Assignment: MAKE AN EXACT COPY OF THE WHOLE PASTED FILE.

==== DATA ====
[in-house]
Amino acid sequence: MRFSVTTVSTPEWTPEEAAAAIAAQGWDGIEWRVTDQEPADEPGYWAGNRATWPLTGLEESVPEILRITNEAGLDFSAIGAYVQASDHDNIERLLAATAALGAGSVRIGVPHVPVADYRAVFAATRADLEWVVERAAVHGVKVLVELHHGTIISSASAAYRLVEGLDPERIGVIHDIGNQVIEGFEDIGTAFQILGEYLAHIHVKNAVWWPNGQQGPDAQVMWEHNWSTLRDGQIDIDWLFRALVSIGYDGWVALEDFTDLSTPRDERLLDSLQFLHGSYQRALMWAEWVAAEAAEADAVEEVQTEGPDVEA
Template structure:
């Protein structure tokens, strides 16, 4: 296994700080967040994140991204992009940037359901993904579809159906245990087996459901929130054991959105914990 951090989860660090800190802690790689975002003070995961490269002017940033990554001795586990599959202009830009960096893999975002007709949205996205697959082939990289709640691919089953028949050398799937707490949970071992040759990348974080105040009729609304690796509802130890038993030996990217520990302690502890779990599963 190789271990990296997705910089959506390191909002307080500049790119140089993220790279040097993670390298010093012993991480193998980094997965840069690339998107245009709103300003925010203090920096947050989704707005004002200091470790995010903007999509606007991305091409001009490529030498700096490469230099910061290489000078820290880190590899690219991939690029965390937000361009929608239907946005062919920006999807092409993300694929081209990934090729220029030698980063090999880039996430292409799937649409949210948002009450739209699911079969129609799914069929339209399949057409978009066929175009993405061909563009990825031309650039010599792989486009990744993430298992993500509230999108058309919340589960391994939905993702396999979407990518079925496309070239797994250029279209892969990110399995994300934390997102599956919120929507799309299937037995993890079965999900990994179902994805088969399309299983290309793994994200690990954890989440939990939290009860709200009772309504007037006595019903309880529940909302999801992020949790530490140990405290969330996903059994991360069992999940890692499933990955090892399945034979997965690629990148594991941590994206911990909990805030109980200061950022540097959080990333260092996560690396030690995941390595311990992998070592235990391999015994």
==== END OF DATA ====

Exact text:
[in-house]
Amino acid sequence: MRFSVTTVSTPEWTPEEAAAAIAAQGWDGIEWRVTDQEPADEPGYWAGNRATWPLTGLEESVPEILRITNEAGLDFSAIGAYVQASDHDNIERLLAATAALGAGSVRIGVPHVPVADYRAVFAATRADLEWVVERAAVHGVKVLVELHHGTIISSASAAYRLVEGLDPERIGVIHDIGNQVIEGFEDIGTAFQILGEYLAHIHVKNAVWWPNGQQGPDAQVMWEHNWSTLRDGQIDIDWLFRALVSIGYDGWVALEDFTDLSTPRDERLLDSLQFLHGSYQRALMWAEWVAAEAAEADAVEEVQTEGPDVEA
Template structure:
């Protein structure tokens, strides 16, 4: 296994700080967040994140991204992009940037359901993904579809159906245990087996459901929130054991959105914990 951090989860660090800190802690790689975002003070995961490269002017940033990554001795586990599959202009830009960096893999975002007709949205996205697959082939990289709640691919089953028949050398799937707490949970071992040759990348974080105040009729609304690796509802130890038993030996990217520990302690502890779990599963 190789271990990296997705910089959506390191909002307080500049790119140089993220790279040097993670390298010093012993991480193998980094997965840069690339998107245009709103300003925010203090920096947050989704707005004002200091470790995010903007999509606007991305091409001009490529030498700096490469230099910061290489000078820290880190590899690219991939690029965390937000361009929608239907946005062919920006999807092409993300694929081209990934090729220029030698980063090999880039996430292409799937649409949210948002009450739209699911079969129609799914069929339209399949057409978009066929175009993405061909563009990825031309650039010599792989486009990744993430298992993500509230999108058309919340589960391994939905993702396999979407990518079925496309070239797994250029279209892969990110399995994300934390997102599956919120929507799309299937037995993890079965999900990994179902994805088969399309299983290309793994994200690990954890989440939990939290009860709200009772309504007037006595019903309880529940909302999801992020949790530490140990405290969330996903059994991360069992999940890692499933990955090892399945034979997965690629990148594991941590994206911990909990805030109980200061950022540097959080990333260092996560690396030690995941390595311990992998070592235990391999015994």